CBD Prescription Drug No Longer Federally Controlled Substance

April 9, 2020

The Drug Enforcement Administration (DEA) has removed a marijuana-based medication from the list of federally controlled substances.

 

GW Pharmaceuticals announced on Monday that Epidiolex, a prescription drug it developed that’s derived from cannabis and used in the treatment of epilepsy, had been taken off Schedule V of the Controlled Substances Act. Effectively immediately, the CBD medication is no longer a controlled substance, the company said.

 

That means individuals will be able to more easily obtain Epidiolex. GW said in its notice that it will “begin the process of implementing these changes at the state level and through the EPIDIOLEX distribution network.”

 

After that point, state reporting requirements under prescription drug monitoring programs will no longer be applicable. Like many non-controlled drugs, people will still need to get a prescription from a doctor, but those prescriptions will be valid for up to a year and can be transferred among pharmacies.

 

“This notification from DEA fully establishes that EPIDIOLEX, the only CBD medicine approved by FDA, is no longer a controlled substance under the federal Controlled Substances Act,” Justin Gover, CEO of GW, said in a press release. “We would like to thank DEA for confirming the non-controlled status of this medicine.”

 

“Importantly, the descheduling of EPIDIOLEX has the potential to further ease patient access to this important therapy for patients living with Lennox-Gastaut Syndrome and Dravet syndrome, two of the most debilitating forms of epilepsy,” he said.

 

The Food and Drug Administration (FDA) approved the medication in 2018. DEA said it would be placed in Schedule V, rather than Schedule I like marijuana and its derivatives.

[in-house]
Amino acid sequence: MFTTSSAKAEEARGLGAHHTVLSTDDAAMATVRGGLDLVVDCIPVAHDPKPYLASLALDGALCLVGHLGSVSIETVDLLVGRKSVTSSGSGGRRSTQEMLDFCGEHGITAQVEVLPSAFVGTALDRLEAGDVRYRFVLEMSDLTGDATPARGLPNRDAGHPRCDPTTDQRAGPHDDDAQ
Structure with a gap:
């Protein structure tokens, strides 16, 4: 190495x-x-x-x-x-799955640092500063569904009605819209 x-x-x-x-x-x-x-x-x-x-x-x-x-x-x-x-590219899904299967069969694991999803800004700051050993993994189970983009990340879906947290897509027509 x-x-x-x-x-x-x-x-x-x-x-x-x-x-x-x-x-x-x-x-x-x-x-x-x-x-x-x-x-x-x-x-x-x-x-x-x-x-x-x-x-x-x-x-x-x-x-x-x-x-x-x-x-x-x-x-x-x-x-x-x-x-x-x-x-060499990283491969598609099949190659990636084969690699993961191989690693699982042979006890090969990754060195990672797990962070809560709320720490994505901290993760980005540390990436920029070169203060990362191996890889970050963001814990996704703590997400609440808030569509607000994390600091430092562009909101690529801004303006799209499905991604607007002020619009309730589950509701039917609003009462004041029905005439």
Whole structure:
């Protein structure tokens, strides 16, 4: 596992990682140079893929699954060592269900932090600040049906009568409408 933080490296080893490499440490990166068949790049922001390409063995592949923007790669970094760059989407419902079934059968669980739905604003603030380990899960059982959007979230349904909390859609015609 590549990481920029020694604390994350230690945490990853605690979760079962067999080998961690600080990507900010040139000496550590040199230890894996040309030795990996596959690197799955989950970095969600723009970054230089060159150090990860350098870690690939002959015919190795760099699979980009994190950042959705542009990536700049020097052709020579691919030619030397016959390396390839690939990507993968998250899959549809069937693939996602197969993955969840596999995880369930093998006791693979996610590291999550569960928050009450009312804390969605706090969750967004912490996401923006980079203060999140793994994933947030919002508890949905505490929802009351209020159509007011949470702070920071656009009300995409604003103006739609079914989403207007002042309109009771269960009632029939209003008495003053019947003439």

FDA pushed back in a letter to the agency, arguing that CBD carries minimal risks and has established health benefits and so it shouldn’t be controlled at all. DEA replied that international treaty obligations warrant its control, albeit in the least restrictive category of Schedule V. FDA then said that if that changed, the agency should “promptly” revisit its status as a controlled substance.

 

Last year, the World Health Organization clarified that CBD containing no more than 0.2 percent THC is “not under international control.”

 

Meanwhile, FDA is in the process of developing regulations for hemp-derived cannabidiol products that aren’t approved as medications following the 2018 Farm Bill’s legalization of the crop and its derivatives.

 

The agency said in a report to Congress last month that the rulemaking process is ongoing, but it is actively exploring pathways to allow for lawful sales of the cannabis compound as a dietary supplement, and it’s developing enforcement discretion guidance for products that are currently on the market.

 

 

 

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